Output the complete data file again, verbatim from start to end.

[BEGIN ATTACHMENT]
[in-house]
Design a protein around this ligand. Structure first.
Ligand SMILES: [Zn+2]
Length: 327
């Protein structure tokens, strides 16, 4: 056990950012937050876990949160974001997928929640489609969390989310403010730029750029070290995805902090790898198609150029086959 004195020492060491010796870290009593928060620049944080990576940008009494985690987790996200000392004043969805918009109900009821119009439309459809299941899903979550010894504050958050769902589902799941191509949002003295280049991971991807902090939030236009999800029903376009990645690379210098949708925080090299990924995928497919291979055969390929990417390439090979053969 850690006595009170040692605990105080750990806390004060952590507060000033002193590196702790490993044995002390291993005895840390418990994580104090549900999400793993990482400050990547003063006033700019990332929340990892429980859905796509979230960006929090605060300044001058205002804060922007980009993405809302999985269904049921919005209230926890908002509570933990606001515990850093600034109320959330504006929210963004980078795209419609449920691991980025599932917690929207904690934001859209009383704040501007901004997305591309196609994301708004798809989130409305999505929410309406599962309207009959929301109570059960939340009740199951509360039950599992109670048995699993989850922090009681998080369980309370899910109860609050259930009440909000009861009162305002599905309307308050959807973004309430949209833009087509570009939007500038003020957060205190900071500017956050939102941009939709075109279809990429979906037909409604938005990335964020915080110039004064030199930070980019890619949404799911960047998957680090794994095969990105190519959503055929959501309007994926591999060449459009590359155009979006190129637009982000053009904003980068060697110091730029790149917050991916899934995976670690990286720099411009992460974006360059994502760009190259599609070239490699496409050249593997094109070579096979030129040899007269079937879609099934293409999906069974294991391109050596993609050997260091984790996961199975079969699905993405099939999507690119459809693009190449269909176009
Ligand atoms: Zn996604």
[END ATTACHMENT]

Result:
[in-house]
Design a protein around this ligand. Structure first.
Ligand SMILES: [Zn+2]
Length: 327
């Protein structure tokens, strides 16, 4: 056990950012937050876990949160974001997928929640489609969390989310403010730029750029070290995805902090790898198609150029086959 004195020492060491010796870290009593928060620049944080990576940008009494985690987790996200000392004043969805918009109900009821119009439309459809299941899903979550010894504050958050769902589902799941191509949002003295280049991971991807902090939030236009999800029903376009990645690379210098949708925080090299990924995928497919291979055969390929990417390439090979053969 850690006595009170040692605990105080750990806390004060952590507060000033002193590196702790490993044995002390291993005895840390418990994580104090549900999400793993990482400050990547003063006033700019990332929340990892429980859905796509979230960006929090605060300044001058205002804060922007980009993405809302999985269904049921919005209230926890908002509570933990606001515990850093600034109320959330504006929210963004980078795209419609449920691991980025599932917690929207904690934001859209009383704040501007901004997305591309196609994301708004798809989130409305999505929410309406599962309207009959929301109570059960939340009740199951509360039950599992109670048995699993989850922090009681998080369980309370899910109860609050259930009440909000009861009162305002599905309307308050959807973004309430949209833009087509570009939007500038003020957060205190900071500017956050939102941009939709075109279809990429979906037909409604938005990335964020915080110039004064030199930070980019890619949404799911960047998957680090794994095969990105190519959503055929959501309007994926591999060449459009590359155009979006190129637009982000053009904003980068060697110091730029790149917050991916899934995976670690990286720099411009992460974006360059994502760009190259599609070239490699496409050249593997094109070579096979030129040899007269079937879609099934293409999906069974294991391109050596993609050997260091984790996961199975079969699905993405099939999507690119459809693009190449269909176009
Ligand atoms: Zn996604």